Through much of the 2000s, we could have been considered largely a truck manufacturer; now, we’re a full-line automaker with competitive products in all segments of the market, from small and midsize cars to sport utility vehicles to pickup trucks. More than 80 percent of our U.S. growth in 2011 came from small cars and utilities, as fuel prices continued to encourage customers to move to smaller and/or more-efficient vehicles, whether passenger cars or utilities. Ford’s U.S. small-car sales were up 25 percent in 2011, with 244,291 Fiestas and Focuses sold in the U.S., giving us 10 percent of the small-car segment.
Today, we’re offering customers products with best-in-class fuel economy. Equally important, we’re offering customers choices of the fuel-efficient systems that work best for them – from EcoBoost®-powered gasoline vehicles to hybrids to electrified vehicles. In 2012, Ford offered nine vehicles reaching an anticipated 40 mpg or more. We are planning to triple our electrified vehicle production capacity by 2013, compared to 2011.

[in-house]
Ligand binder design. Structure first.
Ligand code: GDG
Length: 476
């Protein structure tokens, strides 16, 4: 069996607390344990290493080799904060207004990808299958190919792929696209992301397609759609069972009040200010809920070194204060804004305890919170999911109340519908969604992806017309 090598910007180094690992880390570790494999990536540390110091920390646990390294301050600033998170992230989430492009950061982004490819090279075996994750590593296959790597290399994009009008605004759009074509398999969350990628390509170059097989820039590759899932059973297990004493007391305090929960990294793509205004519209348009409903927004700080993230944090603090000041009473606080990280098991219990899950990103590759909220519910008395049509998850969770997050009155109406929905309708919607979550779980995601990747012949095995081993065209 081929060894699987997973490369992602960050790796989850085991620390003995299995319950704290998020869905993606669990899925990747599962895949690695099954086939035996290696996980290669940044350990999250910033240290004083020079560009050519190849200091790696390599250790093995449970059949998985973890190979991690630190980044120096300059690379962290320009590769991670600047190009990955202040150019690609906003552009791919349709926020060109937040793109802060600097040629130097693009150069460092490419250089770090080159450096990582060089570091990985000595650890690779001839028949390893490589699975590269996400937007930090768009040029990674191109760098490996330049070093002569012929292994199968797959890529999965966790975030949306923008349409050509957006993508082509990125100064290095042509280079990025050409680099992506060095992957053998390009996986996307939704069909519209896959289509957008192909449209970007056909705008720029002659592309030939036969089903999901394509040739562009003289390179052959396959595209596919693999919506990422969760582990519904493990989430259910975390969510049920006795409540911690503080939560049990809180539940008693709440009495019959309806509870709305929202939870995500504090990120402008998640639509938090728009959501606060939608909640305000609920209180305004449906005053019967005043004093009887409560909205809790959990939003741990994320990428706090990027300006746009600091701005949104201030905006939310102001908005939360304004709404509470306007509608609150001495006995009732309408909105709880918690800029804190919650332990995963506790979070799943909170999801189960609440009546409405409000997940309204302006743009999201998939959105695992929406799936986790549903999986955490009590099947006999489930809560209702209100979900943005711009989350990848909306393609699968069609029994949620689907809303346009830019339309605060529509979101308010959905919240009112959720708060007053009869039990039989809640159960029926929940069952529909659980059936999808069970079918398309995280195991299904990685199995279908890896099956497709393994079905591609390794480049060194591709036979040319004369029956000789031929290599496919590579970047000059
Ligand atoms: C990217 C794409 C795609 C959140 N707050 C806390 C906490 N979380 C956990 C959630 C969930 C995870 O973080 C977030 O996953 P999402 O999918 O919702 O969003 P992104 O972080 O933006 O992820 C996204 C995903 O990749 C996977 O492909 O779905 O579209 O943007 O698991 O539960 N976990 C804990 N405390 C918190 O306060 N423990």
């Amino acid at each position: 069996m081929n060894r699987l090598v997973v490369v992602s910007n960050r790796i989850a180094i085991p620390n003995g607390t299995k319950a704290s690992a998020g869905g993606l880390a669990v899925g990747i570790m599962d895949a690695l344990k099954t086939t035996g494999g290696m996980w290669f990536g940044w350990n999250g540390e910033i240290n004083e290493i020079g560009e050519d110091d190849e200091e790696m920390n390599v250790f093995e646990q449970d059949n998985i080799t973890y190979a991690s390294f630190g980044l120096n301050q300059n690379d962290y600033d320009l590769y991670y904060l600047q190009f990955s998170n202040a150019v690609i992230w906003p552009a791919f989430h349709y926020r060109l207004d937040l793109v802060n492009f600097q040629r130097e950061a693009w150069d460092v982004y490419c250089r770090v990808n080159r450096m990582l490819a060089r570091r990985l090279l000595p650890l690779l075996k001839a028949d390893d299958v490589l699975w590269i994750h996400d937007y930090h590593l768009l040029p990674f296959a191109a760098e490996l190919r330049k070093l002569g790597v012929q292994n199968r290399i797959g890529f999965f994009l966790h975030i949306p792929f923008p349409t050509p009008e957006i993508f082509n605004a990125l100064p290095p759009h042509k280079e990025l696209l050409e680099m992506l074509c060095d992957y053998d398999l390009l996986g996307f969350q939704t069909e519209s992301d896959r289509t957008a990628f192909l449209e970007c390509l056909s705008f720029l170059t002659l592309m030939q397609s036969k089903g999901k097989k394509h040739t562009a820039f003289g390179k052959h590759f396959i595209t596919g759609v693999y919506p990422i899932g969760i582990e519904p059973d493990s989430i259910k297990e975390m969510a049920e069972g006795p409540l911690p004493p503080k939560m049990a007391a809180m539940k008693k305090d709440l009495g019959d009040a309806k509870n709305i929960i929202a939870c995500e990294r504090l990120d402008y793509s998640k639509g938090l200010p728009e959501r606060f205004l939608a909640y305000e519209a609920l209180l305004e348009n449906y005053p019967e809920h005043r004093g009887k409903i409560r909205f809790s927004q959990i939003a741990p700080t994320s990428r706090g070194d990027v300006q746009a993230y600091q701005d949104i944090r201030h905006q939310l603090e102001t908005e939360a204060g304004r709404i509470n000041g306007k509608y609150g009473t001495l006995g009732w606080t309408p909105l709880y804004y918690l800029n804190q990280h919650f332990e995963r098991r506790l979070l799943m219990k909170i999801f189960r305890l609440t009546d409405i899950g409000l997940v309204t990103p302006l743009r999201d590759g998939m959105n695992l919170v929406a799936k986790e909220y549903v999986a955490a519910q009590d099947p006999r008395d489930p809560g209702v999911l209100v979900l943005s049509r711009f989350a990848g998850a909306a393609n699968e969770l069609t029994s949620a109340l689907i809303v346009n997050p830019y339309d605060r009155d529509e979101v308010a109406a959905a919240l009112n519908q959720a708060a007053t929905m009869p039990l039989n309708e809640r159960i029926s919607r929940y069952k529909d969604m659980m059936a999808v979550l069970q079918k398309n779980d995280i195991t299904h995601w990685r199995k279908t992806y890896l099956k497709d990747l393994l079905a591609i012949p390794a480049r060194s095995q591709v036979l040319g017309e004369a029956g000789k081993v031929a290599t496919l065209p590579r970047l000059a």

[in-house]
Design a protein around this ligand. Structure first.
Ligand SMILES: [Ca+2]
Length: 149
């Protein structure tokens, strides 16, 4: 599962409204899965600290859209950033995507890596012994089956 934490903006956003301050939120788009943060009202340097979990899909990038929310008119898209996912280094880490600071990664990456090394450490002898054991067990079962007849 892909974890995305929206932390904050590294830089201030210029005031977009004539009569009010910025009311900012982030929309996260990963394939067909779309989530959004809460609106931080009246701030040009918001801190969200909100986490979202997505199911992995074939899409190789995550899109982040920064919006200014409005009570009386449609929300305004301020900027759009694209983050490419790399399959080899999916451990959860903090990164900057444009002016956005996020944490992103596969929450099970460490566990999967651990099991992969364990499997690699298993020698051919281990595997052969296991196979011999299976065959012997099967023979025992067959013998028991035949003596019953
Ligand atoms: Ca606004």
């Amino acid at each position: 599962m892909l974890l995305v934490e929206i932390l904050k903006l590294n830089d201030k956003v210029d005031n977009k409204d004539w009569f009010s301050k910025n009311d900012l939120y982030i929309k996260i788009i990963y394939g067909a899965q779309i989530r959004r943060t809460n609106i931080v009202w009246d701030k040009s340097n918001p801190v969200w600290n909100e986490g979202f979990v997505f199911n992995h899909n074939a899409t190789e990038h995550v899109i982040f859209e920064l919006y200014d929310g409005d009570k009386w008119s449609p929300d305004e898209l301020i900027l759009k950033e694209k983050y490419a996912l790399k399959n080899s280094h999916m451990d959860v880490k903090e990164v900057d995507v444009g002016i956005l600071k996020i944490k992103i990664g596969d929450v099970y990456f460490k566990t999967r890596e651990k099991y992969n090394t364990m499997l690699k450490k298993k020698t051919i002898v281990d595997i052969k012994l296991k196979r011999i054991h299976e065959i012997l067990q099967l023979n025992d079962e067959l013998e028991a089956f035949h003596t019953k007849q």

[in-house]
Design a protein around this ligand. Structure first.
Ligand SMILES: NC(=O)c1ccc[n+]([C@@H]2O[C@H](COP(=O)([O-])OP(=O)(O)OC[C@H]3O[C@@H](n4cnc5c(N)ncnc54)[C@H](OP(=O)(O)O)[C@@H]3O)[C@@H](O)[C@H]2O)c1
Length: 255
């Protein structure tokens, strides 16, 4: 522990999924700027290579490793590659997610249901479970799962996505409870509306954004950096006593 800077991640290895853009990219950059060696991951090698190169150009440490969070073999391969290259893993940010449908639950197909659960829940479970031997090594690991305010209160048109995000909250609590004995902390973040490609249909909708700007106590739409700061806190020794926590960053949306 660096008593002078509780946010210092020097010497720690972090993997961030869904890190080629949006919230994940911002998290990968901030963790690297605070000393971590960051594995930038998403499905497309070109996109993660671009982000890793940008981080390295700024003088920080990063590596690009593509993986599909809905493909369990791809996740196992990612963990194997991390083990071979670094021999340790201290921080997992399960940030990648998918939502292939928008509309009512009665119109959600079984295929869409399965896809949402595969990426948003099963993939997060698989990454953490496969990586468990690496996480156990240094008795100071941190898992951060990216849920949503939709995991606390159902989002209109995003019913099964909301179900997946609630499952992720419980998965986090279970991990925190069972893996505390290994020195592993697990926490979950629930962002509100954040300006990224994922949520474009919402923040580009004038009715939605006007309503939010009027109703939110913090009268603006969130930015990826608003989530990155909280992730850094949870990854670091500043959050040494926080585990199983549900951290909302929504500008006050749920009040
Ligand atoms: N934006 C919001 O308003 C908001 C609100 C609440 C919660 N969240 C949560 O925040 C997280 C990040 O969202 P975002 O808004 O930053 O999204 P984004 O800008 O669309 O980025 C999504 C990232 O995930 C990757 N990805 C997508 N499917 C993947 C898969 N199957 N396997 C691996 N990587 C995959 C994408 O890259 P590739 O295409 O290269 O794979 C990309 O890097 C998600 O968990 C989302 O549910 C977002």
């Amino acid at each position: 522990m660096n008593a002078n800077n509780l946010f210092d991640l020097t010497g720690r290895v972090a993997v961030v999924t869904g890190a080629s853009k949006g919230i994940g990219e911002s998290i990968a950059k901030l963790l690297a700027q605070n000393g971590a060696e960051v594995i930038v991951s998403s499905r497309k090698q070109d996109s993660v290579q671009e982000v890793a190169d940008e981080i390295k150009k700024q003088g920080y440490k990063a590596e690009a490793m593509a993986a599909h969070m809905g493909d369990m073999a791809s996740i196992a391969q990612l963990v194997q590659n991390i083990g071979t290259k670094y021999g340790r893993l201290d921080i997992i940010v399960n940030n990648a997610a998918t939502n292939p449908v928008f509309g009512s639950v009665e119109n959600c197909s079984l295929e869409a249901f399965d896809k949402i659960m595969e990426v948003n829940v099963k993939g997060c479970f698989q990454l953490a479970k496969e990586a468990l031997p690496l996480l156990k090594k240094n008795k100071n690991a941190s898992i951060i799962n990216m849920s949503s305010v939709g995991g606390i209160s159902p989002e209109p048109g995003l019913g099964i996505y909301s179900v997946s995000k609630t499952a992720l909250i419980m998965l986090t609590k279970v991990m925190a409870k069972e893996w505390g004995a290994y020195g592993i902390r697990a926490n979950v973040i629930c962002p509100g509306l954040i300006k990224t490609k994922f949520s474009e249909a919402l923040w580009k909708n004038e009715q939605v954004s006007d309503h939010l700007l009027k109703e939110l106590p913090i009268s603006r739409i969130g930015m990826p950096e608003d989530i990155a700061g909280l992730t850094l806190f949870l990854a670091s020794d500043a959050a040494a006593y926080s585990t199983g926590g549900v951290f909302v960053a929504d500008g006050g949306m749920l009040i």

We continued to strengthen our balance sheet in 2011, a milestone year. We increased Automotive gross cash, reduced debt and improved liquidity.
In another important sign of our financial progress – and a sign of our confidence in our future – we announced in early December 2011 that we would reinstate a quarterly stock dividend of 5 cents per share, which was paid on March 1, 2012. Now that we have been able to protect the investments needed for future products, invest in growth around the world, and make significant improvements in our balance sheet, we can afford to resume the dividend and provide a return to our shareholders who have invested in our Company. Initially suspended in September 2006, the dividend is an important component of our vision of profitable growth for all – customers, suppliers, employees, dealers and investors.